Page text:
"You can't find better records," said Moreau. Other ethnic groups in Canada and the United States were not as thorough in recording their personal histories. If your ancestry is French and English, your English relations will probably prove much more elusive than the French Canadians. Many French Canadians can trace their family heritage directly back to a military regiment sent to Quebec in 1667, said Moreau. There were 400 men in this regiment assigned to stay in Canada for an indefinite period of time. There were very few women available. In the interest of keeping his soldiers happy and settling the region, the French king recruited members of the opposite sex, provided them with dowries and sent them to the new world as royally sanctioned "mail-order brides." The result was a profusion of well-documented arrivals and marriages within a specific period of time, about five years.
"But there are still lots of road blocks," said Moreau who, like Landry, is missing a line in his genealogical chart. One of the biggest challenges can be the family name itself. As the immigrants moved south into the United States, often the names changed. During a time when many people could not read or write, official records of arrivals contained some creative spellings and sometimes Anglicized versions of the original names.
You can see the results of this linguistic confusion today in local phone directories. Gingras was written phonetically as Shangraw; Imblault became Amblo. Courtemanche turned into its literal English translation: Shortsleeve. Given that poisson is the French word for fish, Poissant became Fisher. Landry's wife, Janet, managed to complete her 10 generation chart only after solving the mystery of an ancestor named Whissel. In Canada that ancestor had been Loiselle. "That was a stumper," said Landry. Why go to all this trouble to get a few names and some sketchy facts about people who died centuries ago? For Landry, the impetus to know more about his heritage coincided with his mother's death. He knew she had been orphaned as a child and claimed some Irish ancestry. At her funeral, he found himself wondering how he was related to the other mourners. A search for a vaguely remembered "Aunt Sarah" led him to a wedding photograph taken in 1912. Talking to other family members over a period of years, he identified most of the faces in the photograph and gradually began to develop an understanding of the relationships between those people, and how he was connected to them.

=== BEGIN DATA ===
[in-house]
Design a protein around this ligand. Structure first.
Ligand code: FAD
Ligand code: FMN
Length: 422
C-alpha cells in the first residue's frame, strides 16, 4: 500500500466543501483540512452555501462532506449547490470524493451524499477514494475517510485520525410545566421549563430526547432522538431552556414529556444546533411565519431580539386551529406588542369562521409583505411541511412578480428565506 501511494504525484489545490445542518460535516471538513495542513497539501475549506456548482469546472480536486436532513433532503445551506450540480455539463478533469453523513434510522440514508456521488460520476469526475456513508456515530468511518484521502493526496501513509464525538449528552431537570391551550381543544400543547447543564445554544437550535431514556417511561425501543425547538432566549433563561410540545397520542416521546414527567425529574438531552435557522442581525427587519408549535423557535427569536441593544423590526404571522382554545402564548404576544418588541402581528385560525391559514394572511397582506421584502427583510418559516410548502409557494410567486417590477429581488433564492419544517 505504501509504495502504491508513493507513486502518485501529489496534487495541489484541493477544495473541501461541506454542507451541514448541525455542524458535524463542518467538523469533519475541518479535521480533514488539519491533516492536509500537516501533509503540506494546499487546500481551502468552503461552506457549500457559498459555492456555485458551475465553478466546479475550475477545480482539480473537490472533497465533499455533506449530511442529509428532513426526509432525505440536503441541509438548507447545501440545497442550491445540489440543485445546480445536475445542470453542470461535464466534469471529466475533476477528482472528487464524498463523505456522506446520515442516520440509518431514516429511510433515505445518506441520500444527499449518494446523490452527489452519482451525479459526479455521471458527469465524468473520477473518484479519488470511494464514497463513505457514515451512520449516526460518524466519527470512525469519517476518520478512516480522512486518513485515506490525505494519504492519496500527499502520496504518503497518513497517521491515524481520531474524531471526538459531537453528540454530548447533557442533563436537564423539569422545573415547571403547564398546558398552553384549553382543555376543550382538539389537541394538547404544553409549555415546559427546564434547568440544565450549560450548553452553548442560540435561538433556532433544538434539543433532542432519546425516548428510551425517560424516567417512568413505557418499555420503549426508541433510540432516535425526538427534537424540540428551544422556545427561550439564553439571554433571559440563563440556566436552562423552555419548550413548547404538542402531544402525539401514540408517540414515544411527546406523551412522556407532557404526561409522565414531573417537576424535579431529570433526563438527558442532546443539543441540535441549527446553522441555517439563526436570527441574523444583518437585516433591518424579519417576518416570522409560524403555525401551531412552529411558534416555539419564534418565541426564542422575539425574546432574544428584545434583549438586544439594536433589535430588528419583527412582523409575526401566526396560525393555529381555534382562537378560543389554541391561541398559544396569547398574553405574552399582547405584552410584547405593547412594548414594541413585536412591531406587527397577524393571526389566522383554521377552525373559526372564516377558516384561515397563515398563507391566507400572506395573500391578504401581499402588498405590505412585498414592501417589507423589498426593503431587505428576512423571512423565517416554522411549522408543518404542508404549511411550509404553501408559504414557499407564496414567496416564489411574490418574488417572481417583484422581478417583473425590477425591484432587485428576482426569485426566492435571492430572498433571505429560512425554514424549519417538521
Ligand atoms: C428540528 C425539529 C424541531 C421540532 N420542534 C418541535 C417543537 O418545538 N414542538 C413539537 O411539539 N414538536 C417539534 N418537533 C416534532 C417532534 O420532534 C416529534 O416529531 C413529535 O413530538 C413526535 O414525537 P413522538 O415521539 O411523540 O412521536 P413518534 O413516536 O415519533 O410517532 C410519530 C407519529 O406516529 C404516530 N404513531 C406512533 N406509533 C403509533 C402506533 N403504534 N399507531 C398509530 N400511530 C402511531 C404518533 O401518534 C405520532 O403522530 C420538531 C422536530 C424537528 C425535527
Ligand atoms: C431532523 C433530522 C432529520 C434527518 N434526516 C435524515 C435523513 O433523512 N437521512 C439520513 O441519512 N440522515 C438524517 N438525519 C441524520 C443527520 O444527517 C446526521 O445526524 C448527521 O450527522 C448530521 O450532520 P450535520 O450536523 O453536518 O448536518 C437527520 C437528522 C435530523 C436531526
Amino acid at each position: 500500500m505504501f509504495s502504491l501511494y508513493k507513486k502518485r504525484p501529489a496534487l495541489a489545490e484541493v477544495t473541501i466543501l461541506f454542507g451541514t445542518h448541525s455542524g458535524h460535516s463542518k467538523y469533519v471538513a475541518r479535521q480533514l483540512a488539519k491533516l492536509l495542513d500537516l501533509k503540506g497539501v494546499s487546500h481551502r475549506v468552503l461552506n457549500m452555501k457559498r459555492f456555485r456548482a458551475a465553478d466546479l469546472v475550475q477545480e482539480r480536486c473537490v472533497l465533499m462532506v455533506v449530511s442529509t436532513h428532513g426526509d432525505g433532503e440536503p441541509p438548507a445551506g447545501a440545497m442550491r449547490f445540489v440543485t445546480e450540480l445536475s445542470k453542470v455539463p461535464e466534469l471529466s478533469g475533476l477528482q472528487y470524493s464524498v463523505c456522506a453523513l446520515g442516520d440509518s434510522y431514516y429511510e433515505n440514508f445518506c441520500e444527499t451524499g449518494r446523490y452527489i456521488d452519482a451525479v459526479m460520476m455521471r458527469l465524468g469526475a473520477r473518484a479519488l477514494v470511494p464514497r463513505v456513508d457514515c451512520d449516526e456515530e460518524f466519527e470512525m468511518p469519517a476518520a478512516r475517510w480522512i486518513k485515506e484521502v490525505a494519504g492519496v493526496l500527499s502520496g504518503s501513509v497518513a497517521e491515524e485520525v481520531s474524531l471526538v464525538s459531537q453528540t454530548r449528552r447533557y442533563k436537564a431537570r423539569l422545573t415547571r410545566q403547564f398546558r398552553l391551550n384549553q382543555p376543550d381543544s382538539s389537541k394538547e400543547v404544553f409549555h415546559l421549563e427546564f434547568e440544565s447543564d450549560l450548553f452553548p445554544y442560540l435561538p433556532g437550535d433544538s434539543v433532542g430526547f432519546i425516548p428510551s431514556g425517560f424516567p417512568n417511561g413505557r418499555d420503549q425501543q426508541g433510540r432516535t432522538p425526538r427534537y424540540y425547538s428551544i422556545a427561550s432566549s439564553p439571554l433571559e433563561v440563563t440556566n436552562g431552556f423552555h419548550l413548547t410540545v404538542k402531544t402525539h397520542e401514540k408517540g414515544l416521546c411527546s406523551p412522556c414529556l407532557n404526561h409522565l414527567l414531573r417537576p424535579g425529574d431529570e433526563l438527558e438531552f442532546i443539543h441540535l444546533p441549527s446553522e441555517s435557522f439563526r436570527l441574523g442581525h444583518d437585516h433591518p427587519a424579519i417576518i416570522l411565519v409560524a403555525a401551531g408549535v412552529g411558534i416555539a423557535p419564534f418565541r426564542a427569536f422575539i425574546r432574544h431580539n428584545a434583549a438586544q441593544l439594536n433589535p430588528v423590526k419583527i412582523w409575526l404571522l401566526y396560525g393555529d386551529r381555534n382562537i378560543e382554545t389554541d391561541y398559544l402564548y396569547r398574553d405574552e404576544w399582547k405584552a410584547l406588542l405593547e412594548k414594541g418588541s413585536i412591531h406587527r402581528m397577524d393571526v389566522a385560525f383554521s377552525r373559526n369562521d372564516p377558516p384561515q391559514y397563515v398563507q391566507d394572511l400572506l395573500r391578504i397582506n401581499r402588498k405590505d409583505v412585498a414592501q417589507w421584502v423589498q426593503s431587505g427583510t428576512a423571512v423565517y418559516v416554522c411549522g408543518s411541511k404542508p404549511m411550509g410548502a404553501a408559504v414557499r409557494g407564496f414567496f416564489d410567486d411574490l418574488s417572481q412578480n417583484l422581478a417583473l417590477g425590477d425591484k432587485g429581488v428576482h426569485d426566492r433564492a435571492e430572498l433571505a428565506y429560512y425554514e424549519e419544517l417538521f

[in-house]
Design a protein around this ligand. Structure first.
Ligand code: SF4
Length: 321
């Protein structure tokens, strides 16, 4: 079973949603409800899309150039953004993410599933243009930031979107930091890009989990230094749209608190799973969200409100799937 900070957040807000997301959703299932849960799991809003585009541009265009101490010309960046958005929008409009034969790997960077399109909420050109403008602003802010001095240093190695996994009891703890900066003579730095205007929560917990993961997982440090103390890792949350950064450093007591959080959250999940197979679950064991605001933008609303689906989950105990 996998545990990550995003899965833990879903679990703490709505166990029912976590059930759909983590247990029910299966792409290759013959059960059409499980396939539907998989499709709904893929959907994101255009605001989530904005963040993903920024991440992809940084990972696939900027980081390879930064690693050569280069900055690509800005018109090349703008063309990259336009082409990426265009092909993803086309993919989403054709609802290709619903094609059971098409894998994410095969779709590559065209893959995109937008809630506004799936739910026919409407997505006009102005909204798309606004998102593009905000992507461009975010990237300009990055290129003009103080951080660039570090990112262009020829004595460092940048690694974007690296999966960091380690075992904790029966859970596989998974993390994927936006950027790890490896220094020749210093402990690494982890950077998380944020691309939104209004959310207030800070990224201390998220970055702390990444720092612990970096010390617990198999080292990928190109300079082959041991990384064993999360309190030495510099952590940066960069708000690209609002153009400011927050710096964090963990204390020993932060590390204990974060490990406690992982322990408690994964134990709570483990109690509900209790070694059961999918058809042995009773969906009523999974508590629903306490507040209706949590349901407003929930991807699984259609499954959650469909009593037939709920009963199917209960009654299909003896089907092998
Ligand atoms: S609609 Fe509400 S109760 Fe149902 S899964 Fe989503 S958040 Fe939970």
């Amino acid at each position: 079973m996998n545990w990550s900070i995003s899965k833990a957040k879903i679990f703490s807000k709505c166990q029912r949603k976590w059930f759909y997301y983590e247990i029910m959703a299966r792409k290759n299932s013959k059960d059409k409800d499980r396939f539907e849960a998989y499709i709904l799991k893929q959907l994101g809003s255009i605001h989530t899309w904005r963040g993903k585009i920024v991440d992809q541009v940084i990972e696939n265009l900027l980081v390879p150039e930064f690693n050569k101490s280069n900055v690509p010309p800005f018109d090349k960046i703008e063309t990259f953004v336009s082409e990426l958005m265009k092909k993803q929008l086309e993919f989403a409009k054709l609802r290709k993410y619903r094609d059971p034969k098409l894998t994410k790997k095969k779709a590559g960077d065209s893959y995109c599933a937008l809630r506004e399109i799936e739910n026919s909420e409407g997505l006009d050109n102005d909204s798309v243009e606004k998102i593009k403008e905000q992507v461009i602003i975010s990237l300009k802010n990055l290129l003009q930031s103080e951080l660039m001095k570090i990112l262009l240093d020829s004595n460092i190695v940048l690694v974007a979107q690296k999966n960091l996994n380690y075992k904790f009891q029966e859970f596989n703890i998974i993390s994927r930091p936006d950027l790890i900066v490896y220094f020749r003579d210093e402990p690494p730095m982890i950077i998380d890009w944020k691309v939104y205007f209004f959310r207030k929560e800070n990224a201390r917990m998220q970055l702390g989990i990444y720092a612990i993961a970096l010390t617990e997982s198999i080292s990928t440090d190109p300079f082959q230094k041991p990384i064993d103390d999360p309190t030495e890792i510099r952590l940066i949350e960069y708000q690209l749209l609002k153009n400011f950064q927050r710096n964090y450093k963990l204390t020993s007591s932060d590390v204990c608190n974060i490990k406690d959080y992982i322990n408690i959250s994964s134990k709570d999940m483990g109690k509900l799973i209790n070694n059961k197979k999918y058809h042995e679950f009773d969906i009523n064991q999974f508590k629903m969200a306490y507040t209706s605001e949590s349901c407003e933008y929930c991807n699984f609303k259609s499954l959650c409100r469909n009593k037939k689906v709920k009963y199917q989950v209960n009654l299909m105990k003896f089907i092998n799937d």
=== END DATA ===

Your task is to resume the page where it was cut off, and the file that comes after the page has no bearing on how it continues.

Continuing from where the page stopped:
'It is just names, then there's the history, and that puts blood and bones on the names.' John Moreau
One of Landry's earliest discoveries was that he was related to a former employer. More recently he stood on the tidal flats of southern Nova Scotia knowing that his ancestors had farmed that land more than 300 - years ago. His mother's claim to Irish ancestry, he now believes, may be as'a descendant of the Irish king, Brian Boru. After the king's death in battle in 1014 and the dissolution of a unified Irish government, some of Boru's progeny forged alliances with other countries and military powers, and eventually populated most of Europe, including France, with their descendants. "It is just names," said Moreau. "Then there's the history, and that puts blood and bones on the names."
The Vermont French Canadian Genealogical Society was founded six years ago and began its library in two metal filing cabinets at St. John's Club in Burlington. The collection has grown and continues to grow, spreading from filing cabinets to shelves, microfiche files and computer discs. There are now about 250 members hailing from places as far away as Hawaii and Australia. Each spring the society offers training sessions in genealogical research. Fall conferences feature speakers with expertise in certain areas such as the French and Indian Wars. For more information, visit the Vermont French Canadian Genealogical Society's website at http://www.vt-fcgs.org or call